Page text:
UPDATED 10:11 p.m. ET: Harvey Weinstein, through a spokesperson, has responded to Salma Hayek's harassment allegations in a statement obtained by Variety.

"As in most collaborative projects, there was creative friction on “Frida,” but it served to drive the project to perfection. Mr. Weinstein does not recall pressuring Salma to do a gratuitous sex scene with a female costar and he was not there for the filming. However, that was part of the story, as Frida Kahlo was bisexual and the more significant sex scene in the movie was choreographed by Ms. Hayek with Geoffrey Rush. The original uni-brow used was an issue because it diverted attention from the performances. All of the sexual allegations as portrayed by Salma are not accurate and others who witnessed the events have a different account of what transpired."

Original story below:

The New York Times has published a scathing personal account of Harvey Weinstein’s sexual impropriety, penned by Salma Hayek. In the piece, the Mexican-American actress bravely recounts her own horrific experiences with a man she describes as “my monster too.” 

Hayek explains that she is choosing to speak out now, having previously believed her contribution to the list of allegations against the producer were somehow unimportant. After approached by journalists and friends, including fellow accuser, Ashley Judd, Salma is finally opening up, and her story is as terrifying as it is infuriating.

What’s particularly disturbing about Hayek’s account is how she managed to capture the way in which Harvey’s behavior reached far beyond his victims. The repercussions of his sexual misconduct, unpredictable temper, and vindictiveness wreaked havoc on the entire industry, and posed disastrous risks to the films he made and everyone who was a part of them. Salma is able to distill this ripple effect in her re-telling of how the film Frida, which she produced and starred in, was made.

For Hayek, the biopic was a long-time dream of hers, as she felt a sympatico of sorts with the renowned Mexican painter. She brought the film idea to Miramax, Weinstein’s production company, which at the time, had “become synonymous with quality, sophistication and risk taking." Hayek signed a deal with Harvey, wherein he would pay for the idea she had already developed, but she was also required to sign on to do other Miramax films– this seemed like a good thing at the time.

No sooner had Hayek entered into a contract with Weinstein that she also dealt with his persistent and uninvited sexual advances. The actress alleges Harvey would show up unexpectedly at her hotel room “at all hours of the night, hotel after hotel, location after location,” and once on a film “he wasn’t even involved with.” But there were also invitations Hayek had to decline, including taking a shower with him, watching him shower, giving him a massage, and getting naked with another woman. And every time she would reject him, Hayek was met with what she describes as “Harvey’s Machiavellian rage.”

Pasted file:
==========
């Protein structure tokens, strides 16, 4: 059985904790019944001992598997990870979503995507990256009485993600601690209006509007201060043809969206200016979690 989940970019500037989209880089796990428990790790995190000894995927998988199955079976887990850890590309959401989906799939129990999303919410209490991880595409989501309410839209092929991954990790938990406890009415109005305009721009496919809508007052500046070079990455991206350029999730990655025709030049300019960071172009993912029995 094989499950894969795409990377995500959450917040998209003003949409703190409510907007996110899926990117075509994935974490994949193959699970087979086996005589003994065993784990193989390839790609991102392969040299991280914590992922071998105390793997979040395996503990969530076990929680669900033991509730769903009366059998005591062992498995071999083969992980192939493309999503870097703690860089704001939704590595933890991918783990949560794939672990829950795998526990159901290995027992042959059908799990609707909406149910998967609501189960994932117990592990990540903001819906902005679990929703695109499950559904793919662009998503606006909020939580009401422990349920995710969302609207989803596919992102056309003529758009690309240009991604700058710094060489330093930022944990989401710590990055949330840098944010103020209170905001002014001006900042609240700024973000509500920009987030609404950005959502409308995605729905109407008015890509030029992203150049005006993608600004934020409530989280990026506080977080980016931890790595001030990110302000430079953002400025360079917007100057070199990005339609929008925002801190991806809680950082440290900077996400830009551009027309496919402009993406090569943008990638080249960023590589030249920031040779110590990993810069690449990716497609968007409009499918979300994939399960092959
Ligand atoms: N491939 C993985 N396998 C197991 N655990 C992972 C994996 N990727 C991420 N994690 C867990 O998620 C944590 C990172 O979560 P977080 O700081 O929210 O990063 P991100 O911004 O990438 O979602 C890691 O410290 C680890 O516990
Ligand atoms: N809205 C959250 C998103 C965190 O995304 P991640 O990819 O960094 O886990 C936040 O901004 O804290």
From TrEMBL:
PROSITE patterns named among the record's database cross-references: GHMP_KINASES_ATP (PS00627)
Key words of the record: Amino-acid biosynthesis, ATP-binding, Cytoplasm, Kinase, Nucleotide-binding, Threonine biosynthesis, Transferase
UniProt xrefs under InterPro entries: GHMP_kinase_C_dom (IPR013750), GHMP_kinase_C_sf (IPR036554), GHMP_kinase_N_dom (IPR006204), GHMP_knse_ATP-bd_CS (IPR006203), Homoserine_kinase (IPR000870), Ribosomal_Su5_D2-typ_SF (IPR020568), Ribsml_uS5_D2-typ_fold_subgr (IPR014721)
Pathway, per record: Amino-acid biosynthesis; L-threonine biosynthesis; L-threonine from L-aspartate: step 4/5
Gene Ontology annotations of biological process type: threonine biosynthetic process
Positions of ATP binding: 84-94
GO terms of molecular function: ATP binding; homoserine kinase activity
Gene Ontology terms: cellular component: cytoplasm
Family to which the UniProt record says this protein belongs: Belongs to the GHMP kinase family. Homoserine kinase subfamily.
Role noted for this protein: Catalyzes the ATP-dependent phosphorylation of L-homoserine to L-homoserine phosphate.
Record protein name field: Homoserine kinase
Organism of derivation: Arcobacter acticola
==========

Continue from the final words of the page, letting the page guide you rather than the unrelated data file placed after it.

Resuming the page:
His rage and resentment spilled over to the production of Frida, which he tried to end with a bitter legal dispute. When Hayek successfully met his rather ridiculous demands to get the film back up and running, he forced her into doing a sex scene with another woman, with full frontal nudity. “He had been constantly asking for more skin, for more sex,” Hayek said. The experience left her traumatized. “I arrived on the set the day we were to shoot the scene that I believed would save the movie. And for the first and last time in my career, I had a nervous breakdown: My body began to shake uncontrollably, my breath was short and I began to cry and cry, unable to stop, as if I were throwing up tears." Frida went on to win two Oscars, but not before Harvey tried to send it straight to video.

Hayek is just one of many women who have come forward with their own accounts of sexual misconduct from men in the entertainment industry, and Weinstein is by no means the only predator. Today, Variety published a 20-name-long list of women in Hollywood accompanied by a brief descriptions of their experiences. Among the names are Sully producer Allyn Stewart, writer Melissa Rosenberg (Twilight and Jessica Jones), and actress Joely Fisher (Til Death). Indeed, it appears as though a culture of sexual harassment infects every corner of the industry. But as Hayek notes, the demographics of power in Hollywood do not swing in the favor of women. “People wonder why you didn’t hear our voices sooner. I think the statistics are self-explanatory– or voices are not welcome,” she explained. “Until there is equality in our industry, with men and women having the same value in every aspect of it, our community will continue to be a fertile ground for predators.”